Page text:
DC planned to launch a new Green Arrow series in 2001, and called on Glenn Parsons of astroluxdesign for logo ideas. Glenn has graciously agreed to share his design sketches with us. This first one uses tall, thin letters on an uphill slope and small pointed serifs. It’s always difficult to decide which way to go with the name: one line of narrow letters or two lines of wide ones.
Glenn’s second idea went the latter route, offsetting the words. Some interesting features here, I like the crossed strokes on the R’s, and the way the top one connects to the one below it. Still working with small serifs, but these wide letters have a mix of circular and straight strokes. The double outline confuses the image some, and I would have either filled in the centers of the inner shapes or the space between the two for clarity.
As you can see from Curtis King’s note, this one was his favorite as well as Glenn’s, and I like it best, too. Replacing the rounded forms of version 2 are letters based on round-cornered rectangles. The spiked center horizontal strokes are carried over from 2, but flipped so they point right. As we’ve seen, this is what I think works best, especially if they are meant to suggest arrowheads. The best thing about this design, though, are the graceful right legs of the R’s, which to me suggest an organic form like a green leaf or perhaps a feather, an excellent contrast to all the straight lines around them. The joining R’s are carried further here, so now they’re all joined. Altogether a very attractive idea. Glenn worked it up on the computer and sent it to Curtis, who had some further comments.
“I particularly wanted to include the Curtis King one with “just a few notes.” Ahhhh, the graphic design process in all its glory,” Glenn wrote, and here it is. I had to laugh when I saw it, as I received quite a few “notes” like this from Curtis myself when he was the go-to logo man at DC. And most of the time the guy’s comments were right on target, which made them all the more annoying. (I kid, Curtis!) Glenn made the changes, and I see he had already revised the center horizontal strokes on the E’s. Too bad, I kind of liked the first version. Here’s the final logo:
A handsome, classy job. I like it even better angled like this, and the inset shadow at the top that Curtis suggested is a nice change from the usual drop shadow below.
Here it is on the first cover, looking quite nice. The shadow has been softened a lot to keep the letterforms visible against the dark background, but overall it’s a fine look. The series and the logo were a success, and continued for several years.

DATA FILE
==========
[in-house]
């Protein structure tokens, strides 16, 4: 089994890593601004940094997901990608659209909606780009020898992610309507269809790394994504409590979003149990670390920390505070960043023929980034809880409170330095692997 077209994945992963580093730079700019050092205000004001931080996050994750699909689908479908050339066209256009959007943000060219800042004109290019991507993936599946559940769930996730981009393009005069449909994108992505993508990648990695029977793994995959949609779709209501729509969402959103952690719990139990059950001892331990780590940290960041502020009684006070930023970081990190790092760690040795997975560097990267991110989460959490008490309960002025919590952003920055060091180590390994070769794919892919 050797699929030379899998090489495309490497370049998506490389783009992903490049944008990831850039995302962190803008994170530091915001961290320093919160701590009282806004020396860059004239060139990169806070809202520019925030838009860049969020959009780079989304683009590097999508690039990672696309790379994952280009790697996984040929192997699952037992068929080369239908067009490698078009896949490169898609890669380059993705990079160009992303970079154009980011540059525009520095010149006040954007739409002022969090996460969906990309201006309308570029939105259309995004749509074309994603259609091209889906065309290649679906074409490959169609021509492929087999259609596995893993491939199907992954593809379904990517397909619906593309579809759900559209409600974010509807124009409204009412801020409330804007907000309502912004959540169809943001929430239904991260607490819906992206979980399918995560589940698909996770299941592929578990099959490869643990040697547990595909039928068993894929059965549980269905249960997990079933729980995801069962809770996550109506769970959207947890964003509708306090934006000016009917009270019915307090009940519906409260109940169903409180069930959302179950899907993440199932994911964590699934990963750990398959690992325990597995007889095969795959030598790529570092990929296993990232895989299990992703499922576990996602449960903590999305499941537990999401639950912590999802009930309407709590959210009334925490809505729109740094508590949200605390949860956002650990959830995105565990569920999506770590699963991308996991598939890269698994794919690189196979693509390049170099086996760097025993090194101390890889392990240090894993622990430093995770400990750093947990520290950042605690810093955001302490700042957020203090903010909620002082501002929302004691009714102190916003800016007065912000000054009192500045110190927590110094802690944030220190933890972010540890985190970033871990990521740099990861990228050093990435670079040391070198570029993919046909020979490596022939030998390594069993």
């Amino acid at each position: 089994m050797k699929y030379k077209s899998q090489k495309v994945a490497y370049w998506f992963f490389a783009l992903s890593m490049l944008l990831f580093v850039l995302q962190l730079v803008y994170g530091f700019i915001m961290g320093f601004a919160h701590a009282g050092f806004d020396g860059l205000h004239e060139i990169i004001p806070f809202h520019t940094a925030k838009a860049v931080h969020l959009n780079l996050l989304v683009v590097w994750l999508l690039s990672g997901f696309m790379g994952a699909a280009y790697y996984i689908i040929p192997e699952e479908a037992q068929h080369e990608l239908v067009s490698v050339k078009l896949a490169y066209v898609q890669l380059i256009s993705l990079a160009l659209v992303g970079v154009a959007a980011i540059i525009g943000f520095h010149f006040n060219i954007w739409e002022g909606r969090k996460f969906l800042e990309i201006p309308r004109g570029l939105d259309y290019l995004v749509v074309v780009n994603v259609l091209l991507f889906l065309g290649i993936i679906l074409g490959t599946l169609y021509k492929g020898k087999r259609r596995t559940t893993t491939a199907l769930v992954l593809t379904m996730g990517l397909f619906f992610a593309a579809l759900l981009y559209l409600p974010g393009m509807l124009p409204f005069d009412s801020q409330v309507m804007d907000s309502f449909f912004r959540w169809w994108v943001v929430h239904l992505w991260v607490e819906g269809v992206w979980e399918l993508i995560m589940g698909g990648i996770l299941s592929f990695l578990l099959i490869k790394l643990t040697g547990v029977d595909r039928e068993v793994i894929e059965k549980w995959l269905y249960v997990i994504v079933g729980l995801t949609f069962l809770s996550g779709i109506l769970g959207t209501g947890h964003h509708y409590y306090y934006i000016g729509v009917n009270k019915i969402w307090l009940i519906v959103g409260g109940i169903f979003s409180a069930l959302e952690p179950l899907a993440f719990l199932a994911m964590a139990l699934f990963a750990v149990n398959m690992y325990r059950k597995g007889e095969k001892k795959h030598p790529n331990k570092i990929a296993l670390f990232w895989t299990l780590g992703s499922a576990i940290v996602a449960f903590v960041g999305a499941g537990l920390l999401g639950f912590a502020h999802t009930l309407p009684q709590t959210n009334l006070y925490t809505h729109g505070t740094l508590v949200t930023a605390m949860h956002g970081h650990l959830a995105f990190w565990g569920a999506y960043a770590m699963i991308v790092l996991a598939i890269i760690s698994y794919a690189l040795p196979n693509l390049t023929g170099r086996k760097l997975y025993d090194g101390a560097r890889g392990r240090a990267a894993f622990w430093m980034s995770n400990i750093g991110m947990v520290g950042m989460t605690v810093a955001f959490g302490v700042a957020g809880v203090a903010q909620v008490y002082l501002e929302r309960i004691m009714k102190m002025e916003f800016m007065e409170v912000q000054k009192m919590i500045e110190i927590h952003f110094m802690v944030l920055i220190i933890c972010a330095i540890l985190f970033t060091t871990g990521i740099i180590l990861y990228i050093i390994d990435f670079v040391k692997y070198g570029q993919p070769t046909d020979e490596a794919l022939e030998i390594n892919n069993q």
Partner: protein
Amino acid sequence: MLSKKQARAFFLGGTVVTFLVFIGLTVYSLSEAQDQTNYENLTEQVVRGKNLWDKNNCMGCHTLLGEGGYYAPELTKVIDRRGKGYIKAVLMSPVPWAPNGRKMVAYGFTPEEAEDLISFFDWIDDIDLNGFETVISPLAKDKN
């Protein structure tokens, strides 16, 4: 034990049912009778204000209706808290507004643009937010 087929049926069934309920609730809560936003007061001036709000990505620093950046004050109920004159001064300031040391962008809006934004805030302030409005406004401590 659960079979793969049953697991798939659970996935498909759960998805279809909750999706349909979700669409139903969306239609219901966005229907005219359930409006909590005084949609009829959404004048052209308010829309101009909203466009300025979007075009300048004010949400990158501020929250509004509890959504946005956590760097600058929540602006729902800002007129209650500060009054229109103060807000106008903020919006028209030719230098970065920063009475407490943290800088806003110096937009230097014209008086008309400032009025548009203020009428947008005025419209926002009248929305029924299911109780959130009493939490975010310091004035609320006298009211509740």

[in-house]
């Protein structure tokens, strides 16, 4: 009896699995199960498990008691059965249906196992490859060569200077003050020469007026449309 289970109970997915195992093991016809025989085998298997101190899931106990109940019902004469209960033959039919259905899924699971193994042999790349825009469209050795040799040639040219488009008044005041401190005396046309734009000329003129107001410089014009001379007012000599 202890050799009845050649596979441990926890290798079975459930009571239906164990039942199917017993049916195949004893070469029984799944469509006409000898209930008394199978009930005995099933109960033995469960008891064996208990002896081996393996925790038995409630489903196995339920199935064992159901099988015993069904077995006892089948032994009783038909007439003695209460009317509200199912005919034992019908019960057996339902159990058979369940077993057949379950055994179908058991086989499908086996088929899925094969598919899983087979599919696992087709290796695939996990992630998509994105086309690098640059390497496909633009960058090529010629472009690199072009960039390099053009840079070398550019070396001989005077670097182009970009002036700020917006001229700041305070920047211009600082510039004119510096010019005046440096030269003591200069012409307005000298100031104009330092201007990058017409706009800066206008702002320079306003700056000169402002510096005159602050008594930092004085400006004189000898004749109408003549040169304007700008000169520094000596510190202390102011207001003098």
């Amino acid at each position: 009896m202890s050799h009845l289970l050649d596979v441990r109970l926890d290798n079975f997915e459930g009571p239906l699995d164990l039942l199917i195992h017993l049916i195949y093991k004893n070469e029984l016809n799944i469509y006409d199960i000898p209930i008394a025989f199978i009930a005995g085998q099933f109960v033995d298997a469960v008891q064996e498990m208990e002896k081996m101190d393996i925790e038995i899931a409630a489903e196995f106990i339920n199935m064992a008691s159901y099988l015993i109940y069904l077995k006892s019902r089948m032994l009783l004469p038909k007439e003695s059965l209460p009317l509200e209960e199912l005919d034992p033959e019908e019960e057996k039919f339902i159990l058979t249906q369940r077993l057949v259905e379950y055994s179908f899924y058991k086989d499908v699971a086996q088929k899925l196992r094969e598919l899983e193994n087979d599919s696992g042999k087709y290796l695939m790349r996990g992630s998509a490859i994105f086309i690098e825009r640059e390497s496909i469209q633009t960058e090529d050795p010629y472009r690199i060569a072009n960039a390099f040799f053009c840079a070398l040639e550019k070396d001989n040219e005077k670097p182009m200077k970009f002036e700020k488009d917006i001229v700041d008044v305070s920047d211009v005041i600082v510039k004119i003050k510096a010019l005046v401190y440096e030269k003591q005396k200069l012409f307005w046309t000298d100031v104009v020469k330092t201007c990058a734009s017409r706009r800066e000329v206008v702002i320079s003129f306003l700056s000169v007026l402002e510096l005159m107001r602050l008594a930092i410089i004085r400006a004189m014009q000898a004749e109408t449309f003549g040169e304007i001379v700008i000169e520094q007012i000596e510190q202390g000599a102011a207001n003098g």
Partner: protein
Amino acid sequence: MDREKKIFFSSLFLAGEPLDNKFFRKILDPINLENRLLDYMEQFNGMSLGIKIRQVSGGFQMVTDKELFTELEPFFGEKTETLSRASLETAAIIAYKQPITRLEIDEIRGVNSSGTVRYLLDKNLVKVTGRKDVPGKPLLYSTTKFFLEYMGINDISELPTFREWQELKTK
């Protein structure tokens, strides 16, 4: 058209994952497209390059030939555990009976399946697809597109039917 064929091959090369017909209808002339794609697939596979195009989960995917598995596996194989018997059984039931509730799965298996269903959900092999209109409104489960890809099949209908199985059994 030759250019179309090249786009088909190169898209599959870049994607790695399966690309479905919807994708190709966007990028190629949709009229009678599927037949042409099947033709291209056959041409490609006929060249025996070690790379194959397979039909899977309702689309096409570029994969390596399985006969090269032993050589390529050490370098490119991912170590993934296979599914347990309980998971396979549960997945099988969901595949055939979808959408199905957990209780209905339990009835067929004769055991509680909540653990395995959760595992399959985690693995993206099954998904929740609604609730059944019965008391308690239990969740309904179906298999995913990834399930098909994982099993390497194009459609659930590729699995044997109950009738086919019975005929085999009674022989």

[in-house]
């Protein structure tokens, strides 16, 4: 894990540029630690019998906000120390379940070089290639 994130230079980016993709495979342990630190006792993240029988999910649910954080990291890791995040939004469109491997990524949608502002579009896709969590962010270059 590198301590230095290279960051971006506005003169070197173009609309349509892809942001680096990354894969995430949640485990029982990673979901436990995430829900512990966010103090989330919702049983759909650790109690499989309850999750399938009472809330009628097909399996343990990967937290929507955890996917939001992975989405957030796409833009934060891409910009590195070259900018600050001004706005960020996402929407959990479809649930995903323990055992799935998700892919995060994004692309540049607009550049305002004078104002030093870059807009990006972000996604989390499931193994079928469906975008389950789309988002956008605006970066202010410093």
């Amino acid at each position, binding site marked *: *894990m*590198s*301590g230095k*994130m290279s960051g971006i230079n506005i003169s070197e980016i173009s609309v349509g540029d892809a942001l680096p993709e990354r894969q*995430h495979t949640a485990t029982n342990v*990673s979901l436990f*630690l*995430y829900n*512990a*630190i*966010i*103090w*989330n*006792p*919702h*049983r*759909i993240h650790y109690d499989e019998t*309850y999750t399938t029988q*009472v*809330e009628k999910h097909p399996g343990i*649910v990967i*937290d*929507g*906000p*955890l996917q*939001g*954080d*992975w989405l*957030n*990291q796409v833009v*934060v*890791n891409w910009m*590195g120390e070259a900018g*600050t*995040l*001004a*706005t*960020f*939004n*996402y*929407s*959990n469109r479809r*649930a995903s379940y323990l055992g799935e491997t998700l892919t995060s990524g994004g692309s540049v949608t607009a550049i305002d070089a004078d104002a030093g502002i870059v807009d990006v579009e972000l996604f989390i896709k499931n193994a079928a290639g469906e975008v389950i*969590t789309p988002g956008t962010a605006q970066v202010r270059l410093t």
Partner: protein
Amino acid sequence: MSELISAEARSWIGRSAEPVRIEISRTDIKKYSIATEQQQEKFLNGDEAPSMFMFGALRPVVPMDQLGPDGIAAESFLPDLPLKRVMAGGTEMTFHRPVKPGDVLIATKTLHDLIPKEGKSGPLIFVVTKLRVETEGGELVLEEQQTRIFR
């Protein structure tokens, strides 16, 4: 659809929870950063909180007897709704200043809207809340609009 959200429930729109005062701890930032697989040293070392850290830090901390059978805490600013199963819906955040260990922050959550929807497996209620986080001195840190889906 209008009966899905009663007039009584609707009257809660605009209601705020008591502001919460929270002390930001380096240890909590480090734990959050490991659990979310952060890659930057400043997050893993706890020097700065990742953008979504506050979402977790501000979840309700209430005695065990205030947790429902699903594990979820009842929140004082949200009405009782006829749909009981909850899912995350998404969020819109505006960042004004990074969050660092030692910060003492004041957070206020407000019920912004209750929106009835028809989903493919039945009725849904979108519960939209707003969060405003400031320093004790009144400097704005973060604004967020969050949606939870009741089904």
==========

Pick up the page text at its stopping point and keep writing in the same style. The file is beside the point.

And now we turn to the tale of a designer’s worst nightmare: the job that just won’t sell. In early 2006 I was asked by DC to submit new ideas for a Green Arrow logo. “No arrows,” they said. “Something angular and strong. No bullseyes, either.” I set to work and came up with this one first. I liked the symmetry of it and, contrary to the usual method of sending in several ideas at once, I ran this one past them first. They didn’t seem too keen on it, and wanted to see some rougher looks, and maybe a version of this one with arrow points on the two end spikes. Plus more ideas.
I added a rough drop shadow behind this one…
…but everyone, including me, hated the arrowheads. “No arrowheads!”
Here’s another idea, even more bold and angular, but less pointy.
And one using the single-line narrow letters approach. Neither of those seemed to be what they wanted, either. “Try some rougher forms.”
I thought this might fit the bill…
…but this splintered-end approach didn’t seem to work.
And, if they wanted really rough, this charcoal approach was it. But, apparently…it wasn’t. Now, when you get past nine logo versions, it usually means only one thing: you just aren’t giving them what they want. Or, they don’t know what they want, but what you have isn’t it. Out of desperation I sent in two more versions with arrows, despite the “no arrows” edict:
The first one was a subtle arrow, at least, and the second one a new design with lots of pointy things. They usually liked pointy things, even if some of them were arrowheads.
Alas, it was just one of those times when nothing I tried worked, so we agreed to move on, and they paid me a kill fee. A few months later the book came out with this very fine logo by Ken Lopez:
It had what they were looking for, obviously. Strong, dynamic, angular. Even a very pointy underline that works great. I particularly like the shape of the E’s, but I’m not sure about the center stroke on the G, though it does follow the theme nicely. The thin drop shadow lifts it off the cover well, too. Good one, Ken.
Ken Lopez also designed this latest Green Arrow logo, teaming him with Black Canary. Both halves recede toward the center, reminding me of the old Green Lantern/Green Arrow logo. GA’s is still strong and angular, nicely contrasted by BC’s graceful swoops and curves. And Ken has even worked in a stylized arrow point highlighted in green. Again, quite well done.
That brings us up to the present. Hope you’ve enjoyed it. And my thanks to the DC Logo Mavens for their help with the last three parts: Richard Bruning, Curtis King, Louis Prandi and Ken Lopez. You guys are the best!
More chapters and other logo studies on my LOGO LINKS page.